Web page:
Charles Hoy Fort whose researches into mysterious and unexplained phenomena made him a forerunner with regard to modern interest in UFOs and the paranormal. Fort was a prodigious collector of newspaper clippings and, on the basis of 100,000 press cuttings, compiled four books: The Book of the Damned (1919) New Lands (1923) Lo! (1931) and Wild Talents (1932).
These works were subsequently brought together as The books of Charles Fort and published through the auspices of the Fortean Society in 1941.
Fort was interested in unexplained showers of frogs, snails, snakes, and fish that fell from the sky; in the appearance of supernatural or inexplicable lights; in ghosts and poltergeists; and in such events as the case of the Devil’s Hoofmarks.
Freed in 1916 and 1917, after two inheritances, from the financial stress that had dogged him all his adult life, he devoted most of his time to what had become his “obsession … [the] search for the unexplained.” The search took him through complete runs of scientific journals, popular magazines, and newspapers and led him to London, where he scoured the publications not available in the New York libraries. His odyssey taught him one clear lesson: that strange events, far from being isolated marvels, were “quite ordinary occurrences.”
From this massive archival research; Fort wrote The Book of the Damned. Friend and novelist Theodore Dreiser took the manuscript to his publisher, Horace Liveright, and gave him ab ultimatum: if he didn’t publish Fort, he would no longer publish Dreiser.
Published in the Spring of 1919, Book opened with these words; “A procession of the damned. By the damned, I mean the excluded. We shall have a process of data that science has excluded.” In the procession were giant hailstones, red and black rains, gelatinous meteorites (traditionally known as pwdre ser, or “rot from the stars”), falls of various substances, archaeological anomalies, and what would be called, three decades later, unidentified flying objects. Except to the humorless, Book was no crank book; rather it was a parody of a crank book, rich in satirical asides in which Fort proposed “theories” he regarded as no less preposterous than those scientists were offering to explain the manifestly unexplainable. “Science of today—the superstition of tomorrow,” Fort wrote. “Science of tomorrow—the superstition of today.”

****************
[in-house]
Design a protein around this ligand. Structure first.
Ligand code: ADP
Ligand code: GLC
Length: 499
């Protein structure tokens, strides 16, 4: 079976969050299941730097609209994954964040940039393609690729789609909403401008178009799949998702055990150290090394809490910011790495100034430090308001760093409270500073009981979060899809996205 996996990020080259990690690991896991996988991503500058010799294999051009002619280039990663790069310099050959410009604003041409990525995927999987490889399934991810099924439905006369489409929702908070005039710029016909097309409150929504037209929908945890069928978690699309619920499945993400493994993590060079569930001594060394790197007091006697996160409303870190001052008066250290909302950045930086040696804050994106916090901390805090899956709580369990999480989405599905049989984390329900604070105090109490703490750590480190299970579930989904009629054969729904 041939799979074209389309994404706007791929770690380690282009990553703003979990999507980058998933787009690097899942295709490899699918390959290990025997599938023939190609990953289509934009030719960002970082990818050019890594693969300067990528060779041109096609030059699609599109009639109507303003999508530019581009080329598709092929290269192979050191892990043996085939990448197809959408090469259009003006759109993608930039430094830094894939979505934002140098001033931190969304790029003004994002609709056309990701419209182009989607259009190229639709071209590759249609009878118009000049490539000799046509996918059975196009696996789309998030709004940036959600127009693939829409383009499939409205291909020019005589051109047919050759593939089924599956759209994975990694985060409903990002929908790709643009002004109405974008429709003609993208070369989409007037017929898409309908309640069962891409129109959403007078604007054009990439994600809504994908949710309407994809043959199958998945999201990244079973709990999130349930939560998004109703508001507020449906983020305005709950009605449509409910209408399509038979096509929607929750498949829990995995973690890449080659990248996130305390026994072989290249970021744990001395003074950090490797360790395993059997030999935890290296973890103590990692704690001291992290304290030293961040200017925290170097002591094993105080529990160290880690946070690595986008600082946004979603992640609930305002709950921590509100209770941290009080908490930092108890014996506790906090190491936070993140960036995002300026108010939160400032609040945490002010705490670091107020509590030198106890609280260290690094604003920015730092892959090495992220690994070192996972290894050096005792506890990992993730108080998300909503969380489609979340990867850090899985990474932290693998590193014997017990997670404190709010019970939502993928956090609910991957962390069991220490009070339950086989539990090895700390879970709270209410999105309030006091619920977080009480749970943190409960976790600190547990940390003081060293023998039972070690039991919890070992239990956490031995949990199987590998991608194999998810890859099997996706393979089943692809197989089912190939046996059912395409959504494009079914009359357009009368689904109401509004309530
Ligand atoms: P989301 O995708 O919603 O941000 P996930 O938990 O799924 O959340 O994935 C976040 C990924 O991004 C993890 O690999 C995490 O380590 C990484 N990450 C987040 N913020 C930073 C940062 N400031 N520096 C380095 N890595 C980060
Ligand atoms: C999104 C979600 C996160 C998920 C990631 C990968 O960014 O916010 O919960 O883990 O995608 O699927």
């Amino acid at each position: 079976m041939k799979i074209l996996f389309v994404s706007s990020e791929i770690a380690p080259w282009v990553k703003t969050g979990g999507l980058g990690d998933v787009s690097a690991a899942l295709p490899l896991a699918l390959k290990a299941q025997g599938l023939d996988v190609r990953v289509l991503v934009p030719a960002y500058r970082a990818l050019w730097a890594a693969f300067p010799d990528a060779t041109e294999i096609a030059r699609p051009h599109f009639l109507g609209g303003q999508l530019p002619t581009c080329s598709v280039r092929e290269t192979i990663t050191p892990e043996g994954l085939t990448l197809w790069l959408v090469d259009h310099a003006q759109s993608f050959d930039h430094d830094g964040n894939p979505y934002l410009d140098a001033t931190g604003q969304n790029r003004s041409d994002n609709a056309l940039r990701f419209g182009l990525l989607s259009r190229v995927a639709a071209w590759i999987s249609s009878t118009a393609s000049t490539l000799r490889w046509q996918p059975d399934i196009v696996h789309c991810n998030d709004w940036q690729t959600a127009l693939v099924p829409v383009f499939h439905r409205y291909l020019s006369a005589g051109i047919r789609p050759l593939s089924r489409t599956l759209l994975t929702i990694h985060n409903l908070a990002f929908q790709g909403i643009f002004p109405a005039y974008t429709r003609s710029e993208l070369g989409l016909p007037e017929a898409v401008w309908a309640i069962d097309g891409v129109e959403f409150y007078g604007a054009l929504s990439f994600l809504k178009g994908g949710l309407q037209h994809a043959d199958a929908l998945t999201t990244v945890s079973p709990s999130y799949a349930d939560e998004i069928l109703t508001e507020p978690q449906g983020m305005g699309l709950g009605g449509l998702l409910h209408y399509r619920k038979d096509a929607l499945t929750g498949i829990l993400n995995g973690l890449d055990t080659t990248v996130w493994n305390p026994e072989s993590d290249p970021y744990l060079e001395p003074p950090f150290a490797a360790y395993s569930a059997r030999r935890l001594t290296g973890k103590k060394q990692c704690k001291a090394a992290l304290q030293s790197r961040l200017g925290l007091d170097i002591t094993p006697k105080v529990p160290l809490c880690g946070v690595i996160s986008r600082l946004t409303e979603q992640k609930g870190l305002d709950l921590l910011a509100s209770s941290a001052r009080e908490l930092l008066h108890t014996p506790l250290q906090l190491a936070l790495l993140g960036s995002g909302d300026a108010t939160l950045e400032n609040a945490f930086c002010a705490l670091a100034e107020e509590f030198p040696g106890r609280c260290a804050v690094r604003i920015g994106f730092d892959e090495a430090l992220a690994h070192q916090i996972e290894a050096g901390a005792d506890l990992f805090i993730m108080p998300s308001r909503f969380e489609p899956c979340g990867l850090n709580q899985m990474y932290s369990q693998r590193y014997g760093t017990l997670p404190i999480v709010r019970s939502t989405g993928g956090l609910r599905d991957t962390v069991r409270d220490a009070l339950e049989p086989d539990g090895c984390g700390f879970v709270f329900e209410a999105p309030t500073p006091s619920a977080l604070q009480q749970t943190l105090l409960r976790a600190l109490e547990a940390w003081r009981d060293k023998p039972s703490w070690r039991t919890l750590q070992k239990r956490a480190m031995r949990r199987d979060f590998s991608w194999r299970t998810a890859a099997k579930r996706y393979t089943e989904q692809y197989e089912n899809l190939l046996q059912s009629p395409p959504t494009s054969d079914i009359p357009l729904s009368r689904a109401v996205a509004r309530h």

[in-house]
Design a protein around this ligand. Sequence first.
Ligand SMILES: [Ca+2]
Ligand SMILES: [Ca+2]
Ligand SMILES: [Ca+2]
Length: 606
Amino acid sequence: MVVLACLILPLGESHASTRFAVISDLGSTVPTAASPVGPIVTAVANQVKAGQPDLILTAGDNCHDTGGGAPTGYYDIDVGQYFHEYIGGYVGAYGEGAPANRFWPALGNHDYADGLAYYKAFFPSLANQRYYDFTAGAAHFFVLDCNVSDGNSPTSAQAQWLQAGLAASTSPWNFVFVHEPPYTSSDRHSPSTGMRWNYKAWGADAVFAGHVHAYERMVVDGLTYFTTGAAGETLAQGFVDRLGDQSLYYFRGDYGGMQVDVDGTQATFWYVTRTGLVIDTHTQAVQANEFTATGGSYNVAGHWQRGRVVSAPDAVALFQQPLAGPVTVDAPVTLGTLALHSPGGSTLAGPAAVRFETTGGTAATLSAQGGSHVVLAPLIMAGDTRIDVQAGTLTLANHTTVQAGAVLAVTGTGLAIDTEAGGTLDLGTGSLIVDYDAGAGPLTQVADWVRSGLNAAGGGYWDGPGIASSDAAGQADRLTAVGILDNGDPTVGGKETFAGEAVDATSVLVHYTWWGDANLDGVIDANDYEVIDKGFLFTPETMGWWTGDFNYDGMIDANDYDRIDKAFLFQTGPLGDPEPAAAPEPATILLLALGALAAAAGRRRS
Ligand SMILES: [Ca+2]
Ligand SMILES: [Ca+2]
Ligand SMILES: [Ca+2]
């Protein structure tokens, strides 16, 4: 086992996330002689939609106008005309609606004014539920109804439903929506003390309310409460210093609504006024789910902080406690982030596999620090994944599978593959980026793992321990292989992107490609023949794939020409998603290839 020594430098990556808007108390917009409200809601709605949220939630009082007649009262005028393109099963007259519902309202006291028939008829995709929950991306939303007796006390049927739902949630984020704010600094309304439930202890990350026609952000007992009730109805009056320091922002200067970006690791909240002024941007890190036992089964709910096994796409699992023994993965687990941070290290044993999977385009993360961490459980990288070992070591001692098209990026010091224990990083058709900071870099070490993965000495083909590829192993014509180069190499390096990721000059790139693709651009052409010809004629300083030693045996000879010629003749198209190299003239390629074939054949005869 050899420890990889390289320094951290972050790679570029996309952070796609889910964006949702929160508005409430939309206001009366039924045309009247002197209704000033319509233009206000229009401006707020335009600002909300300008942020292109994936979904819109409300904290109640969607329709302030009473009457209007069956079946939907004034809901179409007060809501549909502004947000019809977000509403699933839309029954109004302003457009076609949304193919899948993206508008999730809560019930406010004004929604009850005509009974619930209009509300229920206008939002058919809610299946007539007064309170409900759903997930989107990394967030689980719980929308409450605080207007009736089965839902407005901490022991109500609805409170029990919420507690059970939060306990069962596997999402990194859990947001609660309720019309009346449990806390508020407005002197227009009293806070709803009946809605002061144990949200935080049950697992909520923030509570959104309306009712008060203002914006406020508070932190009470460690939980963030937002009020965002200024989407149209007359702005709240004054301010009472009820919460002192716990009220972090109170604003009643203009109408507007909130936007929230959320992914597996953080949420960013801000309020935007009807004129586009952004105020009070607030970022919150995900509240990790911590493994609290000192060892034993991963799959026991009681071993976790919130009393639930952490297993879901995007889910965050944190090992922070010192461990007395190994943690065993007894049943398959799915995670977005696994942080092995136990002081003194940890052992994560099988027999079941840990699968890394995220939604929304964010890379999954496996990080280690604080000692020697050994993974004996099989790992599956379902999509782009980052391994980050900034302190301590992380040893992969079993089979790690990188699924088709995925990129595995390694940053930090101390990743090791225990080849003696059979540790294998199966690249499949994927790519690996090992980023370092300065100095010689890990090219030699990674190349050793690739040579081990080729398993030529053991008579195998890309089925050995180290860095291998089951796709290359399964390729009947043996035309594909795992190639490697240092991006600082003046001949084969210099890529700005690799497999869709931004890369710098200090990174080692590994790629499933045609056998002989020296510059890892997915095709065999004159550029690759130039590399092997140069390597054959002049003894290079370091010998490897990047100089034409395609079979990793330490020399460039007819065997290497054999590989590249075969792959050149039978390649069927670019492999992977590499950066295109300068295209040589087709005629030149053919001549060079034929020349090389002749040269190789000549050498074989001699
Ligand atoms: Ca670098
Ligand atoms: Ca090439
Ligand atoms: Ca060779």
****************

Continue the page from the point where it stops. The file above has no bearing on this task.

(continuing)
To Bohemian writers and intellectuals the effect was electrifying. Booth Tarkington wanted to know, “Who in the name of frenzy is Charles Fort? … People must turn to look at his head as he walks down the street; I think it’s a head that would emit noises and explosions, with copper flames playing out from the ears.” John Cowper Powys remarked on Fort’s “curious genius,” and Ben Hecht hailed Fort’s “onslaught upon the accumulated lunacy of fifty centuries.” In the same review, published in the Chicago Daily News, Hecht coined the adjective “Fortean.”
The title of Fort’s next book, New Lands (1923), picks up (though without acknowledgement) from words and sentiments expressed in the first paragraph of Ralph Waldo Emerson’s 1836 essay “Nature,” which ends with these sentences:
“There are new lands, new men, new thoughts. Let us demand our own works and laws and worship.”
Fort writes, again sarcastically, of literal new lands, namely huge floating land masses from which fish fall and aerial vessels are dispatched. Lo! (1931) dealt with the usual range of physical anomalies, though with a particular focus on UFOs and unknown animals; in his fascination with the latter, he anticipated the later science of cryptozoology. Wild Talents (1932), published the year of his death, dealt with extraordinary phenomena associated with human beings.
In 1920 the Forts moved to London, where Charles resumes his researches in the British Museum. In the next few years, he contributed four letters to the New York Times. All dealt with his view that extraterrestrial beings were visiting the Earth; humanity remains blind to their presence even though the evidence for their presence—in the form of reports of unearthly aerial phenomena be credible observers—exists in abundance.
By the end of the decade, Fort’s health was in decline. He and Anna moved to the Bronx in 1929. Despite his problems he completed his two last books, and he was amused when in 1931 his friend Tiffany Thayer organized the Fortean Society, which Fort, as skeptical of his own authority as of anybody’s, refused to join. He died on May 3rd, 1932.
In 1941 Henry Holt published the omnibus Books of Charles Fort, which went through numerous printings and kept Fort’s name alive even after the Fortean Society folded in 1959. The international Fortean Organization (INFO) was formed in 1965; its quarterly INFO Journal publishes articles and short items on unexplained physical phenomena. Fortean Times and Strange Magazine chronicle and analyze current and historical anomalies.
SFE: The Science Fiction Encyclopedia. (n.d.). Authors : Fort, Charles : SFE : Science Fiction Encyclopedia. Retrieved July 25, 2014, from http://www.sf-encyclopedia.com/entry/fort_charles
Many Parts: Remnants of an Autobiography by Charles Hoy Fort. (n.d.). Many Parts: Remnants of an Autobiography by Charles Hoy Fort. Retrieved July 25, 2014, fromhttp://www.resologist.net/parte10.htm
Charles Fort. (n.d.). – The Skeptic’s Dictionary. Retrieved July 25, 2014, fromhttp://www.skepdic.com/fortean.html